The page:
If you are walking then a 1:25000 map with its field boundaries and extra details is invaluable. With experience and walking greater distances being self sufficient (TGO Challenge for example) then 1:50000 will suffice. I take advantage of an OS subscription to plot the route and print it out. The paper sheet is what I use to navigate. Usually it is not necessary to consult a compass. A compass can be useful for orientating the map in the same position as the ground. It is also useful to determine which path to take by comparing the direction on the map with the direction of the path. On featureless moorland crossings a compass is invaluable for transferring a bearing to walk on from map to the ground (usually by sighting a feature on the ground and walking to it, ideally counting steps).
Of course when you get lost a way of position fixing becomes vital. A sextant or more likely nowadays Sat Nav is useful.


I personally find following a track on a Sat Nav very limiting as I then lose the big picture and get tied up with electronics.

April

  • Veteran Member
  • *****
  • Posts: 8291
Re: Practicalities of compass and map navigation
« Reply #41 on: 17:36:37, 27/08/20 »
I'm not sure what others were talking about but the variation I was referring to was between grid north and magnetic north, true north is never considered when map reading.

I was and I assume most other people were too. As a walker I have never once even thought about where true north is in 45 years of using a map and compass.

I have read the rest of the posts with interest. I still prefer to use a map and compass to navigate with GPS as backup if I need to check where we are. I admit to using GPS and Viewranger to navigate when I am feeling lazy  ;) 

@ ninthace, I planned this weekend's 3 day trip to Scotland using a paper OS map and a piece of string with mile markers on it, then counted the contour lines to work out how much ascent. I could have plotted the routes on the viewranger app on the laptop but what fun would there be in doing that?  ;)   ;D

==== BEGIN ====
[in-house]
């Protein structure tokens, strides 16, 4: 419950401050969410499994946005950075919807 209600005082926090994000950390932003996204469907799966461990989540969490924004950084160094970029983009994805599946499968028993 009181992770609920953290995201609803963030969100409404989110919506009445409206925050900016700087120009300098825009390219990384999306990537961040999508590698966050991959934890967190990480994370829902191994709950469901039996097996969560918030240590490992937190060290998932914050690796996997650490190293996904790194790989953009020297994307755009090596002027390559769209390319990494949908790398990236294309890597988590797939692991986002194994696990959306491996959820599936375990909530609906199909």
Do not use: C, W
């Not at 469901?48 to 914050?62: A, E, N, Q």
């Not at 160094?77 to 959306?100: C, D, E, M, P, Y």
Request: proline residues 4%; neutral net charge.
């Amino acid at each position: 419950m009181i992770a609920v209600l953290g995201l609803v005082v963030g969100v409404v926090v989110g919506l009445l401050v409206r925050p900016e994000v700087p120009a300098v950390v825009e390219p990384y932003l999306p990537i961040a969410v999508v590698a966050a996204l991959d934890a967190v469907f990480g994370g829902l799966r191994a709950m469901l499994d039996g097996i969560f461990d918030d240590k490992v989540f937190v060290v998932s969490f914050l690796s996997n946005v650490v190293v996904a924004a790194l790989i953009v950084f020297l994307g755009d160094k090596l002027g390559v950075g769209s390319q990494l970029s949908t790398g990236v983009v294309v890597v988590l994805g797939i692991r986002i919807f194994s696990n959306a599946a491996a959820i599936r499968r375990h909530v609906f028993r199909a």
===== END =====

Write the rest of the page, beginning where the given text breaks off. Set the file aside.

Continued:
"Who would've thought...... you are light and darkness coming through" words by Tim Armstrong

ninthace

  • Veteran Member
  • *****
  • Posts: 7236
Re: Practicalities of compass and map navigation
« Reply #42 on: 18:16:37, 27/08/20 »
I was and I assume most other people were too. As a walker I have never once even thought about where true north is in 45 years of using a map and compass.

I have read the rest of the posts with interest. I still prefer to use a map and compass to navigate with GPS as backup if I need to check where we are. I admit to using GPS and Viewranger to navigate when I am feeling lazy  ;) 

@ ninthace, I planned this weekend's 3 day trip to Scotland using a paper OS map and a piece of string with mile markers on it, then counted the contour lines to work out how much ascent. I could have plotted the routes on the viewranger app on the laptop but what fun would there be in doing that?  ;)   ;D
How quaint - you will be telling me you have a map case next!  ;D
I like my gps and/or phone because it leaves me free to walk without using a map and get that smug feeling when I sometimes glance at it to find I am exactly where I thought I was!

Solvitur Ambulando

April

  • Veteran Member
  • *****
  • Posts: 8291
Re: Practicalities of compass and map navigation
« Reply #43 on: 18:27:57, 27/08/20 »
[/font]How quaint - you will be telling me you have a map case next!  ;D  
[/font]


No, I don't have a map case  :)


The paper map and tablet are put in beefys stretchy back panel of his rucksack for ease of access if I need to check either.


I end up carrying neither  :D
"Who would've thought...... you are light and darkness coming through" words by Tim Armstrong

sparnel

  • Veteran Member
  • *****
  • Posts: 962
Re: Practicalities of compass and map navigation
« Reply #44 on: 20:37:10, 27/08/20 »
'in 45 years of using a map and compass'   No way April......you're just a slip of a girl!